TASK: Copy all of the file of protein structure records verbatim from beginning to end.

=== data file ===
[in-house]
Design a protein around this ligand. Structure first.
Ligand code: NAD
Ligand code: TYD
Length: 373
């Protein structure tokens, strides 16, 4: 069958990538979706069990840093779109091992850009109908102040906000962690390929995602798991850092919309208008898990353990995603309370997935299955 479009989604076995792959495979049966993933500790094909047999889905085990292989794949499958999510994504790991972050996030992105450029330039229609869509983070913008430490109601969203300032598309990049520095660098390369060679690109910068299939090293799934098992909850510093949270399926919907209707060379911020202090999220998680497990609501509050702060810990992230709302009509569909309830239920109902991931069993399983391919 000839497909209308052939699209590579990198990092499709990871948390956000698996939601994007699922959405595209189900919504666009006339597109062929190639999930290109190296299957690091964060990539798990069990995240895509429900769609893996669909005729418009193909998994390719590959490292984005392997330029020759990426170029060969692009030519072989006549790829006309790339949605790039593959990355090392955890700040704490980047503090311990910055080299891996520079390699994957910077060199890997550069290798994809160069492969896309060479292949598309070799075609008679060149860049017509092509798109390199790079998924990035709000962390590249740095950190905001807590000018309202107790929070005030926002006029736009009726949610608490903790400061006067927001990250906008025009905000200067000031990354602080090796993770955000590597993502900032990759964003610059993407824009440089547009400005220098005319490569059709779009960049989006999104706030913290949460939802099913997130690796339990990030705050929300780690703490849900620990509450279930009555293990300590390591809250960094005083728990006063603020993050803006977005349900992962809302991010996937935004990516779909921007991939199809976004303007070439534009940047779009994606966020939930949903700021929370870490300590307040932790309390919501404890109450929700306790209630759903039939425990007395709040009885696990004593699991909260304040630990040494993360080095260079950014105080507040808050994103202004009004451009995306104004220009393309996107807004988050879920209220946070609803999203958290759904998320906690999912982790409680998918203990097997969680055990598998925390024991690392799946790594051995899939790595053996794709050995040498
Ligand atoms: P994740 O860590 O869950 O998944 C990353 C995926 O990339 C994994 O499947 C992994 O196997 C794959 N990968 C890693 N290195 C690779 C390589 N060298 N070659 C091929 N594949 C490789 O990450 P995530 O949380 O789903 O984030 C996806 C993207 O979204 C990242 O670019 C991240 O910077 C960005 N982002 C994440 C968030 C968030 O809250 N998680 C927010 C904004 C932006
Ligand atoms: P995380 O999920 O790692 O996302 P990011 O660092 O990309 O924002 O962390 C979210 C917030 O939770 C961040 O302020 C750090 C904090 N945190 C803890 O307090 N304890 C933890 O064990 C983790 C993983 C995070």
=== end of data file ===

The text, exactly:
[in-house]
Design a protein around this ligand. Structure first.
Ligand code: NAD
Ligand code: TYD
Length: 373
């Protein structure tokens, strides 16, 4: 069958990538979706069990840093779109091992850009109908102040906000962690390929995602798991850092919309208008898990353990995603309370997935299955 479009989604076995792959495979049966993933500790094909047999889905085990292989794949499958999510994504790991972050996030992105450029330039229609869509983070913008430490109601969203300032598309990049520095660098390369060679690109910068299939090293799934098992909850510093949270399926919907209707060379911020202090999220998680497990609501509050702060810990992230709302009509569909309830239920109902991931069993399983391919 000839497909209308052939699209590579990198990092499709990871948390956000698996939601994007699922959405595209189900919504666009006339597109062929190639999930290109190296299957690091964060990539798990069990995240895509429900769609893996669909005729418009193909998994390719590959490292984005392997330029020759990426170029060969692009030519072989006549790829006309790339949605790039593959990355090392955890700040704490980047503090311990910055080299891996520079390699994957910077060199890997550069290798994809160069492969896309060479292949598309070799075609008679060149860049017509092509798109390199790079998924990035709000962390590249740095950190905001807590000018309202107790929070005030926002006029736009009726949610608490903790400061006067927001990250906008025009905000200067000031990354602080090796993770955000590597993502900032990759964003610059993407824009440089547009400005220098005319490569059709779009960049989006999104706030913290949460939802099913997130690796339990990030705050929300780690703490849900620990509450279930009555293990300590390591809250960094005083728990006063603020993050803006977005349900992962809302991010996937935004990516779909921007991939199809976004303007070439534009940047779009994606966020939930949903700021929370870490300590307040932790309390919501404890109450929700306790209630759903039939425990007395709040009885696990004593699991909260304040630990040494993360080095260079950014105080507040808050994103202004009004451009995306104004220009393309996107807004988050879920209220946070609803999203958290759904998320906690999912982790409680998918203990097997969680055990598998925390024991690392799946790594051995899939790595053996794709050995040498
Ligand atoms: P994740 O860590 O869950 O998944 C990353 C995926 O990339 C994994 O499947 C992994 O196997 C794959 N990968 C890693 N290195 C690779 C390589 N060298 N070659 C091929 N594949 C490789 O990450 P995530 O949380 O789903 O984030 C996806 C993207 O979204 C990242 O670019 C991240 O910077 C960005 N982002 C994440 C968030 C968030 O809250 N998680 C927010 C904004 C932006
Ligand atoms: P995380 O999920 O790692 O996302 P990011 O660092 O990309 O924002 O962390 C979210 C917030 O939770 C961040 O302020 C750090 C904090 N945190 C803890 O307090 N304890 C933890 O064990 C983790 C993983 C995070």